Patronage and Politics in the USSR by John P. WillertonPatronage and Politics in the USSR by John P. Willerton

Patronage and Politics in the USSR

byJohn P. Willerton

Paperback | October 15, 2009

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How do Soviet politicans rise to power? How are conflicting political interests brought together as policies are developed? Historians and political scientists have long been absorbed by these questions, yet none has systematically examined the crucial role played by patron-client relations. In Patronage and Politics in the USSR Professor John Willerton offers major new insights into the patronage networks that have dominated elite mobility, regime formation and governance in the Soviet Union for the past twenty-five years. Using the career details of over two thousand national and regional officials, John Willerton traces the patron-client relations underlying recruitment, mobility and policy-making.
Title:Patronage and Politics in the USSRFormat:PaperbackDimensions:324 pages, 9.02 × 5.98 × 0.71 inPublished:October 15, 2009Publisher:Cambridge University PressLanguage:English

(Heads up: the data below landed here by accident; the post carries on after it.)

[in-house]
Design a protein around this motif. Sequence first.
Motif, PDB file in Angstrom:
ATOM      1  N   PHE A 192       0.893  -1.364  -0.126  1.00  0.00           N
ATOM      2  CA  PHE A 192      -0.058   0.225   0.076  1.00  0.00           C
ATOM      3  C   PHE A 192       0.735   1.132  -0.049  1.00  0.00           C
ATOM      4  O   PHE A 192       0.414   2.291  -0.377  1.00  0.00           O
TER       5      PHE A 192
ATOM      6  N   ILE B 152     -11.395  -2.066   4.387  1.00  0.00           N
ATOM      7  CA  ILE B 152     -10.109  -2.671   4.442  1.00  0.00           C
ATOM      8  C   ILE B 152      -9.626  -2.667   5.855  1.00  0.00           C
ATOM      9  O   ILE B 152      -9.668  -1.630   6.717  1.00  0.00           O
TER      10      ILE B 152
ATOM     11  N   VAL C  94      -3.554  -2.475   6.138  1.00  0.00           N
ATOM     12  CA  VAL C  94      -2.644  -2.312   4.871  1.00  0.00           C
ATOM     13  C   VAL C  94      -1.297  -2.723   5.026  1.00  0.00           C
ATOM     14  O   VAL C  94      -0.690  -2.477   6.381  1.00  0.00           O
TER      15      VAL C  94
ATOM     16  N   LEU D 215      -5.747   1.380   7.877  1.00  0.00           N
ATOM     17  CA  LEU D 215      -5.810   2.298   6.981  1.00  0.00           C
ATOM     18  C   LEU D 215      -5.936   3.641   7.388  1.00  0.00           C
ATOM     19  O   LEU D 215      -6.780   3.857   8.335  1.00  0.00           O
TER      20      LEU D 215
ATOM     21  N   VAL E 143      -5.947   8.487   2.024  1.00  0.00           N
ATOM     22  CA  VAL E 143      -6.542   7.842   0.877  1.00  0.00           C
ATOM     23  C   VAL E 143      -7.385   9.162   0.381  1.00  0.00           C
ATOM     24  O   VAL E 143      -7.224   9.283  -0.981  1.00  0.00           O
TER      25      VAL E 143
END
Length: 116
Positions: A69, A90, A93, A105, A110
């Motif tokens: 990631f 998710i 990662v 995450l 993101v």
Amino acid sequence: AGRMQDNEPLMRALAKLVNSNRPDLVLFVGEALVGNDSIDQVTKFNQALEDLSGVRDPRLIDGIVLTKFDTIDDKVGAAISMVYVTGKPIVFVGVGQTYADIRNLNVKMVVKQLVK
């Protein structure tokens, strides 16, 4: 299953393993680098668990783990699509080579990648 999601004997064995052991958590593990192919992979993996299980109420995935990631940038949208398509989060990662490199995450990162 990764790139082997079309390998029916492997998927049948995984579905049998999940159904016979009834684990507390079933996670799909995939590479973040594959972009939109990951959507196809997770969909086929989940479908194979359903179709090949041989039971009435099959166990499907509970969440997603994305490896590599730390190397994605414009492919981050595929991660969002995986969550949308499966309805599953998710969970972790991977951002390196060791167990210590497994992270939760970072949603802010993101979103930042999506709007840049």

The following ISBNs are associated with this title:

ISBN - 10:0521121337

ISBN - 13:9780521121330


Table of Contents

List of tables; Preface; Introduction; 1. The elite, patronage, and Soviet politics; 2. Networks and coaliation building in the Brezhnev period; 3. Patronage and the Brezhnev policy program; 4. Patronage, Gorbachev, and the period of reform; 5. Patronage and regime formation in Lithuania; 6. Azerbaijan and the Aliev network; 7. The logic of patronage in changing societies; Appendix; Notes; Select bibliography; Index.

Editorial Reviews

"...scholarship doing what social science does best--using cautious, imaginative methods to establish as present and give some quantitative shape to phenomena which seem intuitively or experimentally to be true, but for which there is no systematic evidence....Willerton has done us real service by providing this careful documentaton of the ways in which that self-interest manifested tself in the tight confines of the Soviet system." Martha Brill Olcott, Slavic Review